As an educator, coach, and mentor, he follows the legacy of Dr. Martin Luther King Jr. by positively impacting the educational and social life of the students he serves. He specializes in sparking self-determination in youth, and helps boys from his non-profit organization, Connect to Greatness, understand their cultural heritage and how to be great at anything they want to accomplish. And this is one of the many reasons why Scott was the recipient of the Dr. Martin Luther King Jr. Memorial Award.
Championing LGBTQ+ rights
As a Wyoming Education Association Safe and Just Schools cadre member, Dirk Andrews advocates for a better world for the LGBTQ+ community in Wyoming and across the country. He facilitates a frequently requested session on LGBTQ+ rights in education, designed to help eliminate discriminatory and abusive behavior toward LGBTQ+ people. Plus, he assists NEA members, school leaders, and community members develop programs that help defend students’ rights and make them feel welcome and seen at their schools in Wyoming.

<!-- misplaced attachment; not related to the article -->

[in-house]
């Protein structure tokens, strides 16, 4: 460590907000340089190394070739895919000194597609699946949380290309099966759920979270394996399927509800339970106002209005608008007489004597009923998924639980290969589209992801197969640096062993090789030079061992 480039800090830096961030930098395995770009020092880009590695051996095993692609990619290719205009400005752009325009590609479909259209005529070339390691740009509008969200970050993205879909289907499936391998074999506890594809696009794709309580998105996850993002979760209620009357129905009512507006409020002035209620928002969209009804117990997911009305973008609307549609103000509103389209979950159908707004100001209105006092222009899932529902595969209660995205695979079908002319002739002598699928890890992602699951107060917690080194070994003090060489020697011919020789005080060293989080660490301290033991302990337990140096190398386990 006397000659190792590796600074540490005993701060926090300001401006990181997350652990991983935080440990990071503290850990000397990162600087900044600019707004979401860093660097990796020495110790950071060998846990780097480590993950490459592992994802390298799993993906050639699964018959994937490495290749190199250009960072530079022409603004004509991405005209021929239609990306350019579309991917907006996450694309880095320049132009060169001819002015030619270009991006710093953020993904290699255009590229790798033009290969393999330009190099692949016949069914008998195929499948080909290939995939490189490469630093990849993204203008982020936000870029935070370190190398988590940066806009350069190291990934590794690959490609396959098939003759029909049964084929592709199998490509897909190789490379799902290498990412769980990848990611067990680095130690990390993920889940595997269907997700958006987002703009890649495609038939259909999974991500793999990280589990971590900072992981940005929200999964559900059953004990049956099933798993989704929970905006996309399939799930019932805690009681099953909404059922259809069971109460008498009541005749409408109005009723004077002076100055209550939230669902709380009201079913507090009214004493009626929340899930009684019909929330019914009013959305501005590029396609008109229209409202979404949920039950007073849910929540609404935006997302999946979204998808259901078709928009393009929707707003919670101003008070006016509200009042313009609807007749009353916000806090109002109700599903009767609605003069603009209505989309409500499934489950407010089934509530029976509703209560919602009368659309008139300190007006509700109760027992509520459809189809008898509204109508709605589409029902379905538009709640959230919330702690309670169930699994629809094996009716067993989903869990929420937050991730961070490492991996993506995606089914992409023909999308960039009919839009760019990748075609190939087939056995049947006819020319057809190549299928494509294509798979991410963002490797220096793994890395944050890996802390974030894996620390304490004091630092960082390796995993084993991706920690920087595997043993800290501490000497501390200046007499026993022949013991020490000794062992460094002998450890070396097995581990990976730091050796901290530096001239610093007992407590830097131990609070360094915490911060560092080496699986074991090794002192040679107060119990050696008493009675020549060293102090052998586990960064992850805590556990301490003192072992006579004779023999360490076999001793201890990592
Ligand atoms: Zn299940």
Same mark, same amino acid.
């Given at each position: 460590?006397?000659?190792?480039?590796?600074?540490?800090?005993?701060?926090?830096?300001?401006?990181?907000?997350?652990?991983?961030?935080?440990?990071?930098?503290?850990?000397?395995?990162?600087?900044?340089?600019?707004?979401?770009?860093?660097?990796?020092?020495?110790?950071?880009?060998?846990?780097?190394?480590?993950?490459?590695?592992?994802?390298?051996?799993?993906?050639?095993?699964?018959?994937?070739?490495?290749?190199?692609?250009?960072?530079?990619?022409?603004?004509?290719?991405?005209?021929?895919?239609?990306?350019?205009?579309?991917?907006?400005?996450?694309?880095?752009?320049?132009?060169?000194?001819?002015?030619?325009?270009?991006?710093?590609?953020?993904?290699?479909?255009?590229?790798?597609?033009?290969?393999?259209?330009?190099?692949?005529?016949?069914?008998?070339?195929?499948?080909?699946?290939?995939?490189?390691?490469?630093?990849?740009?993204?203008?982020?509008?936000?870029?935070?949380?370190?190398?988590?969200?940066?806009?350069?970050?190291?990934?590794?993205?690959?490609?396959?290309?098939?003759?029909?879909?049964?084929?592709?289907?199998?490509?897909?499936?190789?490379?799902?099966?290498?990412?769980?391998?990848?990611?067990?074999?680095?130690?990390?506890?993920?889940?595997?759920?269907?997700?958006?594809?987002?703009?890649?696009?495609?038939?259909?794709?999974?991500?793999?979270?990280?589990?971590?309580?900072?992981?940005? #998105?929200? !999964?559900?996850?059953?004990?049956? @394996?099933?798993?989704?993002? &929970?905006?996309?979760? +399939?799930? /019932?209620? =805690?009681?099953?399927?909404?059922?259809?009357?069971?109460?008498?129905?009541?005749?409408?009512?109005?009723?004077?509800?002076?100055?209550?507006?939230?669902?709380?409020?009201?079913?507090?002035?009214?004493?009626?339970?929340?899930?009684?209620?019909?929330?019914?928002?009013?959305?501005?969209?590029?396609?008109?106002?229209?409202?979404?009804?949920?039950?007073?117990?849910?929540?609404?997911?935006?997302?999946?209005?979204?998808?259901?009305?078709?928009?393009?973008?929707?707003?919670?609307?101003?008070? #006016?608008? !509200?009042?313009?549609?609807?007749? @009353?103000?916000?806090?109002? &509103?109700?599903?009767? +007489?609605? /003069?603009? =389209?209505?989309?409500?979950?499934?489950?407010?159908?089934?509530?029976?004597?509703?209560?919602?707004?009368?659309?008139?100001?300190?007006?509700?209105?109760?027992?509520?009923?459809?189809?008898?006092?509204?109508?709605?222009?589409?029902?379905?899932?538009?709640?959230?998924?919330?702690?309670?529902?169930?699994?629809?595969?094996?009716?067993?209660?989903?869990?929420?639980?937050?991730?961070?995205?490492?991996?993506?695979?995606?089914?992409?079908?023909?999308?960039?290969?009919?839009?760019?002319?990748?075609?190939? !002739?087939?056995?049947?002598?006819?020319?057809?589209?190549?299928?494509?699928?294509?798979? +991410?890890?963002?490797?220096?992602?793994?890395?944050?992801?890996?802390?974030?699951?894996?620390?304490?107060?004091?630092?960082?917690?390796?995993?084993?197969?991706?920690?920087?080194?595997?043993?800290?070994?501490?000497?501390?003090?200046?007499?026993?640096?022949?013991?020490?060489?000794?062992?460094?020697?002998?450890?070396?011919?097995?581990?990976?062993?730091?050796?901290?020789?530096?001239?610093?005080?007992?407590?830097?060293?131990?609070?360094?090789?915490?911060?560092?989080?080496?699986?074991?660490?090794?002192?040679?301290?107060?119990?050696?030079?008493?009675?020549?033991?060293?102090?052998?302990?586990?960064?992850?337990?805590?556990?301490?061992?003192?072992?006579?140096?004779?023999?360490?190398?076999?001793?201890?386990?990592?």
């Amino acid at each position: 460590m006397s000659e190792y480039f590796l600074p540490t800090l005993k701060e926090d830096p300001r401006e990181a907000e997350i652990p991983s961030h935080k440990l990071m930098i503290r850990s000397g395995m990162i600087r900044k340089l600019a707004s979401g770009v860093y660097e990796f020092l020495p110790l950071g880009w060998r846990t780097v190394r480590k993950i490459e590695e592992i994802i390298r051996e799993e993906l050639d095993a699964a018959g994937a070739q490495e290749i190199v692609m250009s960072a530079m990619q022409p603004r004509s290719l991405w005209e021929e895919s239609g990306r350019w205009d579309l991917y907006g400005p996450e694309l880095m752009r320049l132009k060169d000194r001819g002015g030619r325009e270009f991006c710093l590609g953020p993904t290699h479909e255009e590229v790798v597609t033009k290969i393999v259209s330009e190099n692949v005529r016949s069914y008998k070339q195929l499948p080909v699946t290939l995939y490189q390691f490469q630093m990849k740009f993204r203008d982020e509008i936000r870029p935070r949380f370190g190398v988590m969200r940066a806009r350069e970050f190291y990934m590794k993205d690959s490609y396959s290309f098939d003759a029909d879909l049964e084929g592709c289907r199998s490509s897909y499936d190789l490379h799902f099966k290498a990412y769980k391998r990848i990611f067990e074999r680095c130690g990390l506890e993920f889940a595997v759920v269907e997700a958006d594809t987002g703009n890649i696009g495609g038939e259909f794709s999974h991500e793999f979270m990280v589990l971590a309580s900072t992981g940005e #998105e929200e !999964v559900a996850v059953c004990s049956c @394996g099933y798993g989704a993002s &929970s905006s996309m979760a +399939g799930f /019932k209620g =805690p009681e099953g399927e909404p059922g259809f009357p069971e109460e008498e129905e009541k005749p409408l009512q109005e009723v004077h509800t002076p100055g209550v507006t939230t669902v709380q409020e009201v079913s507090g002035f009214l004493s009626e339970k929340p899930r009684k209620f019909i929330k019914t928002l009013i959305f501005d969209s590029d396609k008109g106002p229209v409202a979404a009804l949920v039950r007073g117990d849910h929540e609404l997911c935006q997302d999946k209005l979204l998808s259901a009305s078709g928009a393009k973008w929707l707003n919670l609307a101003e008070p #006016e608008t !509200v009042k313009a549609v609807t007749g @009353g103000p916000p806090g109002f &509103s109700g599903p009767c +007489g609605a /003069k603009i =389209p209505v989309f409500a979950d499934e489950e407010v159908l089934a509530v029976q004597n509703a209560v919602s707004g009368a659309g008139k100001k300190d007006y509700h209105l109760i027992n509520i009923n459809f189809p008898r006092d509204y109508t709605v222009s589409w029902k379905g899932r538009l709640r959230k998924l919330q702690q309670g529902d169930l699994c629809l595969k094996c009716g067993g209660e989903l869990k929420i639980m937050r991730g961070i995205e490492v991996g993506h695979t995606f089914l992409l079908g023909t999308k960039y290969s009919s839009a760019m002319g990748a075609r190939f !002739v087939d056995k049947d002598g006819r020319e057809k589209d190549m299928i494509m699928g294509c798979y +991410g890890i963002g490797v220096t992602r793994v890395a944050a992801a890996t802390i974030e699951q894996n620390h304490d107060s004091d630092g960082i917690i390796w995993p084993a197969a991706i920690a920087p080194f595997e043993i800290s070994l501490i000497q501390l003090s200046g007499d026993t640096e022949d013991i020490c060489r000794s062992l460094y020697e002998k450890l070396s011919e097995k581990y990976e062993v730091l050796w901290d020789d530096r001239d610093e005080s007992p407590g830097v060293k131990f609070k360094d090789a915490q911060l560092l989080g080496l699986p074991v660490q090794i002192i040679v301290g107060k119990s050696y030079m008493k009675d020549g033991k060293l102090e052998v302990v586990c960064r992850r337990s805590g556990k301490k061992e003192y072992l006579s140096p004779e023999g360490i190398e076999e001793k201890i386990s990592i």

During his trainings, Andrews openly shares his own personal story of growing up gay in Wyoming schools, cultivating a powerful, yet safe environment for growth and listening where appreciation for diversity with regards to sexual orientation and gender identity is promoted. For his work and commitment to the LGBTQ+ community, Andrews earned the Virginia Uribe Memorial Award for Creative Leadership in Human Rights Award.
Empowering workers and their families